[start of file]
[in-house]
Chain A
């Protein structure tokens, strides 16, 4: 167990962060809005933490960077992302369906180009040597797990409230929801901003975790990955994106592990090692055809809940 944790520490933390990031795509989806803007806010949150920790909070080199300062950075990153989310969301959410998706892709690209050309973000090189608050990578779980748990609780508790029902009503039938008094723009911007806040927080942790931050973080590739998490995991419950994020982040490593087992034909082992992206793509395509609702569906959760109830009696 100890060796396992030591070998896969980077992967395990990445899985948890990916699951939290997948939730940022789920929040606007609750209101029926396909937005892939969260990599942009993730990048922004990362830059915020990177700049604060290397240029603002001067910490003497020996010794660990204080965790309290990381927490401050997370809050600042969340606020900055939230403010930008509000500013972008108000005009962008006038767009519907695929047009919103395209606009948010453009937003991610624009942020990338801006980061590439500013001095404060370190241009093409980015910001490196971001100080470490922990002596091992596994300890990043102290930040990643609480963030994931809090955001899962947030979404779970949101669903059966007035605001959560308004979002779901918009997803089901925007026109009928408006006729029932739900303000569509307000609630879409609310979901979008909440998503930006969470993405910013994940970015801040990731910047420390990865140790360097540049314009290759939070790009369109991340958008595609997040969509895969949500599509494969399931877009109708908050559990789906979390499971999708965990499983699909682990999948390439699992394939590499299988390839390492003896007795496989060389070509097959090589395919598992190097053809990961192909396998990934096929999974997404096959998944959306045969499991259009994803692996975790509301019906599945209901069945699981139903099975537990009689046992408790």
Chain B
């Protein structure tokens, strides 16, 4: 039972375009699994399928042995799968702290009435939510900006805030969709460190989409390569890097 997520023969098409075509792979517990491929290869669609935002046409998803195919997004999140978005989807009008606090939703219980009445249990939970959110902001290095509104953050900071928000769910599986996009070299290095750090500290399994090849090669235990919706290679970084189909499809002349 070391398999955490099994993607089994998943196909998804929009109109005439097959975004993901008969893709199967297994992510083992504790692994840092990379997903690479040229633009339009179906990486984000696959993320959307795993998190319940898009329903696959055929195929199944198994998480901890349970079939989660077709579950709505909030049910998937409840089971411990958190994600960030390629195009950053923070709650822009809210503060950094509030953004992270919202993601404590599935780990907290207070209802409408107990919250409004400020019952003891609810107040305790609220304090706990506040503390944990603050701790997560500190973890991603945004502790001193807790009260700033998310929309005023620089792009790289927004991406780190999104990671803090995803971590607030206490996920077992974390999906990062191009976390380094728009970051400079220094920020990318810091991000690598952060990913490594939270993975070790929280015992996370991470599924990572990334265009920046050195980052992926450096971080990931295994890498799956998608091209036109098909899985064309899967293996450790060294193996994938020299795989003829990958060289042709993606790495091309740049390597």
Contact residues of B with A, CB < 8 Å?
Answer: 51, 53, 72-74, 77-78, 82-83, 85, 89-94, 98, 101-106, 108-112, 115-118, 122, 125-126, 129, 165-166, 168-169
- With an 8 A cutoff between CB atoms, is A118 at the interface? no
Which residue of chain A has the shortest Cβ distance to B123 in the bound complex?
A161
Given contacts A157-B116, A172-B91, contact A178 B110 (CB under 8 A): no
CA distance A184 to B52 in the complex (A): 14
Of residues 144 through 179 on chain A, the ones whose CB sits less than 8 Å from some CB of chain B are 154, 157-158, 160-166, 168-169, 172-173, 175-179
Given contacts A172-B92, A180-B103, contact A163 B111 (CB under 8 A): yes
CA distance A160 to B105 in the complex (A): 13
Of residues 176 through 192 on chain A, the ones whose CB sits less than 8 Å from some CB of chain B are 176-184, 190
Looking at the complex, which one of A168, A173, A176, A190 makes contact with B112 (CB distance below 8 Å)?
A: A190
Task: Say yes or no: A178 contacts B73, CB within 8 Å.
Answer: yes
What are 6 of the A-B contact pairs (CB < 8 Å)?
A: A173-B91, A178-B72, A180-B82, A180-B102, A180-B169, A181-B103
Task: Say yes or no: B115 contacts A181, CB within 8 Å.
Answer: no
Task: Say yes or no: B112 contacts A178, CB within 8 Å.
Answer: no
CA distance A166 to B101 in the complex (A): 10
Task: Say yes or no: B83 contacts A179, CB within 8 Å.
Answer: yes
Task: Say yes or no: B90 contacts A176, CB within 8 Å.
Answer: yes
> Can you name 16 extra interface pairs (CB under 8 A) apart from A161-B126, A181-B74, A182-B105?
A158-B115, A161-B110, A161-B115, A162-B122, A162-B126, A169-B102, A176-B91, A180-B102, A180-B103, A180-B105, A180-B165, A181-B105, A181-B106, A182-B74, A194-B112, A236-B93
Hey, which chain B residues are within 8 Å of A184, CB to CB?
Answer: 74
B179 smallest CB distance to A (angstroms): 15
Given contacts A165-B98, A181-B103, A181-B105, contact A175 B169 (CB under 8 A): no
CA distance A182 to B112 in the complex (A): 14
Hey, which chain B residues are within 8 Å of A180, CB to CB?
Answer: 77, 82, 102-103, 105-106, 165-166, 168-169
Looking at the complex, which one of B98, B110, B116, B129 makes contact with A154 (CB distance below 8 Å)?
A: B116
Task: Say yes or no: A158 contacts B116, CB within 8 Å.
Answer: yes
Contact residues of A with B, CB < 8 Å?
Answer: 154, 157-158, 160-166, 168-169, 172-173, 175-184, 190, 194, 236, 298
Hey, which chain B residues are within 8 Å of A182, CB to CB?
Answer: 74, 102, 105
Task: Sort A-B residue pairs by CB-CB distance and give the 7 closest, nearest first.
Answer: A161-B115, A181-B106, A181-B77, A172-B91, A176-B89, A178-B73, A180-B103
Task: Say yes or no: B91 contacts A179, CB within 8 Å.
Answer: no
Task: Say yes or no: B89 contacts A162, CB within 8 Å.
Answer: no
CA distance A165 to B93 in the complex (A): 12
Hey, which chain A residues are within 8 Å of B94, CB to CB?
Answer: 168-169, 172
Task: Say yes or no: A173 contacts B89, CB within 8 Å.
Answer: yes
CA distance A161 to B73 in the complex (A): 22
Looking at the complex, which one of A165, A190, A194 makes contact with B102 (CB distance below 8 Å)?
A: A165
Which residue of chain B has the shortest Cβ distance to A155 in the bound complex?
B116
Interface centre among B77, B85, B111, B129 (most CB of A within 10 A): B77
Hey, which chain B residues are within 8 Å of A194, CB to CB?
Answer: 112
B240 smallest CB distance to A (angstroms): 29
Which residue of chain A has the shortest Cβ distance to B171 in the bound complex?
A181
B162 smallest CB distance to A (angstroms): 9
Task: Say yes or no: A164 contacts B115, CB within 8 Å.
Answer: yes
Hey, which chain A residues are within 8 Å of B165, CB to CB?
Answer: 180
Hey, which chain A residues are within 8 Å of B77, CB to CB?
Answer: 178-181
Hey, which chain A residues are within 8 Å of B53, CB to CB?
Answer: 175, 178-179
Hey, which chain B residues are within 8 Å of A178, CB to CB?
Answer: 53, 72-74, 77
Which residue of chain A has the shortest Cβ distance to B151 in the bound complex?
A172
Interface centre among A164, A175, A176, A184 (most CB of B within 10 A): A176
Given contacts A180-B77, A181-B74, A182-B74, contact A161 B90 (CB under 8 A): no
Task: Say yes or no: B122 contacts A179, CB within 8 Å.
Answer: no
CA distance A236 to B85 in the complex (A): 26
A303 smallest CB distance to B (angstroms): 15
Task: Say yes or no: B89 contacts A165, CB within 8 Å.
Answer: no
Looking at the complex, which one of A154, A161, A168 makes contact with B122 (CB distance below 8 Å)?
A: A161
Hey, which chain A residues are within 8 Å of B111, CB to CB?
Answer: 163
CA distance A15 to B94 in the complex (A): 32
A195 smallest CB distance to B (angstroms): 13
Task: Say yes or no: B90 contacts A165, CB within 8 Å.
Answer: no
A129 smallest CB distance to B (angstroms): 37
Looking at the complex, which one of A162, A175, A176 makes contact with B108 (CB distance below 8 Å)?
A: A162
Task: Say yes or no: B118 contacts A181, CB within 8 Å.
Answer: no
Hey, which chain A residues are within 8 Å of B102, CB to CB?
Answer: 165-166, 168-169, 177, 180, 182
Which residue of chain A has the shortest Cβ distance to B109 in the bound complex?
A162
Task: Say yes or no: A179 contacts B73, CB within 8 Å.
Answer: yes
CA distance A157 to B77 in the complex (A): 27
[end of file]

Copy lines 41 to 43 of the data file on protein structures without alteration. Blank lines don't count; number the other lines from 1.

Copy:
Looking at the complex, which one of B98, B110, B116, B129 makes contact with A154 (CB distance below 8 Å)?
A: B116
Task: Say yes or no: A158 contacts B116, CB within 8 Å.